The report found that Carr defended Purdue from criticism over its role in the opioid crisis at times and “sought opportunities to collaborate in fighting ‘Opioidphobia,’ which he viewed as an irrational fear of prescribing opioids for chronic pain under any circumstances.” The term “opioidphobia” was integrated into certain PREP academic materials, which Stern and Remz noted could stigmatize prescribers for exercising caution.

The report also outlines several incidents in which Tufts officials exhibited inappropriate deference to Purdue due to their status as a large donor.

The committee tasked with selecting a common book for all incoming TUSM students in the 2015–16 academic year considered “Dreamland” (2015), which examines Purdue’s role in creating the opioid crisis. Stern and Remz conclude that “Dreamland” was ultimately rejected due “in significant part” to the university’s “desire to avoid controversy regarding [its] relationship” with Purdue and the Sackler family.

TUSM Dean Harris Berman told the Daily that the report overstated the discussion around “Dreamland” and clarified that “Dreamland” and the Sacklers did not factor prominently in the decision.

“During the course of a short discussion in [the TUSM] leadership team, somebody mentioned the book ‘Dreamland’ might also be an appropriate one,” Berman said. “They did mention that it was not kind to the Sackler family. But we weren’t really [considering] ‘Dreamland.’”

Recommendations and decisions

Stern presented the findings of his investigation to the university’s Board of Trustees on the weekend of Nov. 2. The investigators declined to recommend whether Tufts should remove the Sackler name, claiming it was not within the scope of their investigation.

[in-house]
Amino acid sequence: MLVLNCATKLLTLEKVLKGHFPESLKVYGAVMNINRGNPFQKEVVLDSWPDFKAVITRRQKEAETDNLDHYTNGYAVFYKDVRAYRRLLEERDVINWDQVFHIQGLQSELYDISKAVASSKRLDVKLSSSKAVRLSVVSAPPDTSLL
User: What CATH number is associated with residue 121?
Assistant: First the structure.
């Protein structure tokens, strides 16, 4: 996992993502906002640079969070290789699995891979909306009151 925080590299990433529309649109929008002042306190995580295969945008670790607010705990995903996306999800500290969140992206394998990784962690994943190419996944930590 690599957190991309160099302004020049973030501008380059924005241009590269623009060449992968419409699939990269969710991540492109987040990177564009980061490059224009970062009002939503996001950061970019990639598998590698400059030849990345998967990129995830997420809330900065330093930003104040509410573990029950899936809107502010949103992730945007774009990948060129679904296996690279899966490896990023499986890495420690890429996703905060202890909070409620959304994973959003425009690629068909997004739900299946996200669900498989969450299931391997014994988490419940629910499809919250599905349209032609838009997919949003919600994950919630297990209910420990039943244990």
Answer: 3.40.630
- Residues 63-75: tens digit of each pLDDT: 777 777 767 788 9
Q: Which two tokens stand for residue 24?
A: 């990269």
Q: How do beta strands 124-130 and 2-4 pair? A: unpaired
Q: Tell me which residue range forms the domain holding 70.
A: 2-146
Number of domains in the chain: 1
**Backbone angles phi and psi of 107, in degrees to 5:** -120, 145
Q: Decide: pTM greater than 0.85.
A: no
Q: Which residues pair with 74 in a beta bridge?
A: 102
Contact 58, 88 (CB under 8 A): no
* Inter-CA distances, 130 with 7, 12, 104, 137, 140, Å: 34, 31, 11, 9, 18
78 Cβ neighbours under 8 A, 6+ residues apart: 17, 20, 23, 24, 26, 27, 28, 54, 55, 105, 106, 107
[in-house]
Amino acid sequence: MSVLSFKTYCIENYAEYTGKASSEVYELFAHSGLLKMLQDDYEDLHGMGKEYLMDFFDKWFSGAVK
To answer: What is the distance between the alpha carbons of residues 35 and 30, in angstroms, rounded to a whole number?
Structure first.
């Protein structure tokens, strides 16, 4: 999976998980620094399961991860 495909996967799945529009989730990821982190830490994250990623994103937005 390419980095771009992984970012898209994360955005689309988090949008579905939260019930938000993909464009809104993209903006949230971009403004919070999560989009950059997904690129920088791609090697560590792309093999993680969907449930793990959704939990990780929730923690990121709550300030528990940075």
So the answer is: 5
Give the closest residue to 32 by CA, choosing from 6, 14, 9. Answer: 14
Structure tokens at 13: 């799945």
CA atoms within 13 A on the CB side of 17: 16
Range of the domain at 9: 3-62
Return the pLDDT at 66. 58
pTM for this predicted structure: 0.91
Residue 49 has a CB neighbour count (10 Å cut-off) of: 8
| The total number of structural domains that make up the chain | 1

Dolan explained that the Board of Trustees has been discussing this particular issue for about 18 months.

“We had an opportunity to see the written report, but we wanted to give the Trustees the opportunity … to hear from Don Stern, himself, to add any color to what he had written and then to directly ask him questions,” Dolan said. “All of that was context and background as we began to think through the process of answering the question: What do we do with the Sackler name on this campus?”

The university announced Thursday that it will remove the Sackler name from all buildings on its Boston Health Sciences Campus and establish a $3 million endowment to prevent and treat substance abuse and addiction.

Stern and Remz did, however, propose a number of recommendations, primarily aimed at strengthening Tufts’ various conflict-of-interest prevention policies. In order to prevent conflicts of interest created by donations, Stern and Remz suggested creating a gifts policy committee to evaluate certain high-level donations and review all anonymous contributions, as well as a formal vetting process for all major contributors.

The report recommends that a gifts policy committee should review donations over $250,000 and comprise Tufts administrators, university counsel, members of the Board of Trustees, an ethics expert, members of the Advancement office and faculty representatives.

Their report also recommended that the university provide greater transparency in disclosing who funds its academic programs and research.

Monaco and Dolan said the university would implement these policies but did not provide further details.

“As we looked at the body of what he was suggesting, we thought many of those … had good intent, and we are looking at how to implement them,” Dolan said.

However, Monaco added that a set of guiding principles in receiving gifts and donations would be established separate from the full gifts policy that Tufts follows, in line with the report’s recommendation that the university clarify and publish its gift-acceptance standards. 

Stern and Remz also recommended that Tufts establish institution-wide conflict-of-interest policies in order to protect academic programs and curricula as well as research. They also proposed that the university review its existing conflict-of-interest training policies and make them more accessible to students and faculty.

Finally, Stern and Remz encouraged Tufts to give “rigorous due diligence” to all honorary degree candidates, regardless of whether they have an existing relationship with the university.

Alexander Thompson contributed reporting to this article.